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OFFICIALS: BEAR-PROOF YOUR FOOD --- OR ELSE.

Byline: Matt Purdue Special to the Daily News

Trouble's ``bruin'' in the Inyo National Forest this summer for hikers who don't properly tend to their bear necessities. Officials for the popular Eastern Sierra backcountry are vigorously enforcing a policy that requires backpackers to secure their food from bears throughout the forest.

Some areas are ``infested'' with black bears that find it far easier to gorge on human food than forage for themselves, said Diana Pietrasanta, a U.S. Forest Service wilderness manager in Lone Pine. The regulations are designed to keep bears from becoming habituated to people, which often has dangerous consequences for both the four-legged critters and their two-legged counterparts.

Campers must store their chow in plastic bear-proof canisters, counterbalance food bags in a tree (the traditional method) or take other bear-aware precautions. (Few permanent metal bear boxes are available outside of the national parks that the Inyo National Forest accesses.)

Violators could suffer the double-whammy of having their rations raided and getting slapped with a citation that calls for a fine of not more than $5,000 and/or six months in prison.

``Last year we were in education mode, so we wrote very few citations,'' Pietrasanta said. ``But this year I've written one and it's only June.''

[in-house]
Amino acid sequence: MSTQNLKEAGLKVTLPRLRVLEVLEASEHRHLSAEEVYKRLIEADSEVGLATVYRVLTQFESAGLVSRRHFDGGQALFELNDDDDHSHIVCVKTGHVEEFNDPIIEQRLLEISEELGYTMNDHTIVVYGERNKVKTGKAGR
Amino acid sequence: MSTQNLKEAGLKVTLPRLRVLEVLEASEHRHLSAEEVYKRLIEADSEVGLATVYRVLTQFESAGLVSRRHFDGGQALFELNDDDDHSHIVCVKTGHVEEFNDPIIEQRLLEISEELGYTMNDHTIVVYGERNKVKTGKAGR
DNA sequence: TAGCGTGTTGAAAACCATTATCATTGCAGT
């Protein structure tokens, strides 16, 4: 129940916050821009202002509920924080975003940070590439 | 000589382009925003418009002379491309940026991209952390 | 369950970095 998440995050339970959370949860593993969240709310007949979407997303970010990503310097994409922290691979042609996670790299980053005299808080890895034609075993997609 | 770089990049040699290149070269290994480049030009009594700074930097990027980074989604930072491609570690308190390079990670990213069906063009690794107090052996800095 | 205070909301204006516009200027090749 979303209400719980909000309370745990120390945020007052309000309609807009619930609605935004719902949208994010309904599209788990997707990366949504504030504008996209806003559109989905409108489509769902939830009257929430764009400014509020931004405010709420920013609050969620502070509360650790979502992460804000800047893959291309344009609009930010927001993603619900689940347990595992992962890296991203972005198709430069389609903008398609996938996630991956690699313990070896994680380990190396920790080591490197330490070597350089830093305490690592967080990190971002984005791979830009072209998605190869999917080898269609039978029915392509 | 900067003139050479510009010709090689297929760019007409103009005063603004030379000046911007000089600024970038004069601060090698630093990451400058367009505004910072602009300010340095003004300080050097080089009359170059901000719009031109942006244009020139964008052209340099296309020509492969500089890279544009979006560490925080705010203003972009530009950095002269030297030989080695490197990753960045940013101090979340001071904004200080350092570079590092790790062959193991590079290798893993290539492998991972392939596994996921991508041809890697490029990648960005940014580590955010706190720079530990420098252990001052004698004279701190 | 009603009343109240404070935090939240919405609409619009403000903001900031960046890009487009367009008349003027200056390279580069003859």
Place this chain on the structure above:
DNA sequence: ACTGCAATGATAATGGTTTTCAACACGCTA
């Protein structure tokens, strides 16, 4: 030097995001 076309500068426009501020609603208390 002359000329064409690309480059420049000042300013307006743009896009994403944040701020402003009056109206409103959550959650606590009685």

Most hikers have acquiesced to the new mandate, officials said, but some have to be reminded that they are venturing into the bears' backyard, not vice versa.

``I was on the phone arguing with a guy who didn't want the government telling him what to do in the backcountry. . . . but (the policy) is for both the bears and you,'' Pietrasanta explained. ``If we don't tell you there's a bear problem and what to do about it, your $300 tent gets ripped up, all your food gets eaten and you have to leave. And, by the end of the summer, the bear is dead.''

Along the popular Kearsarge Pass Trail through Onion Valley west of Independence, where 4,000 hikers tromped last year, backpackers are required to carry their food in bear-proof containers. Wildlife agents were forced to kill two aggressive bears there last summer, including one that tore into a camper's tent and swatted him in the face.

The 2-pound, 13-ounce canisters can be rented locally at Adventure 16 in Tarzana, (818) 345-4266 ($8 for the first day and $2 every day after that), and REI in Northridge, (818) 831-5555 ($15 first day; $4 per day afterward for nonmembers). They are also available at U.S. Forest Service stations in Lone Pine, Bishop and Mammoth Lakes for $5 a day or $73.50 retail plus tax.
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Title Annotation:SPORTS
Publication:Daily News (Los Angeles, CA)
Date:Jun 25, 1998
Words:436
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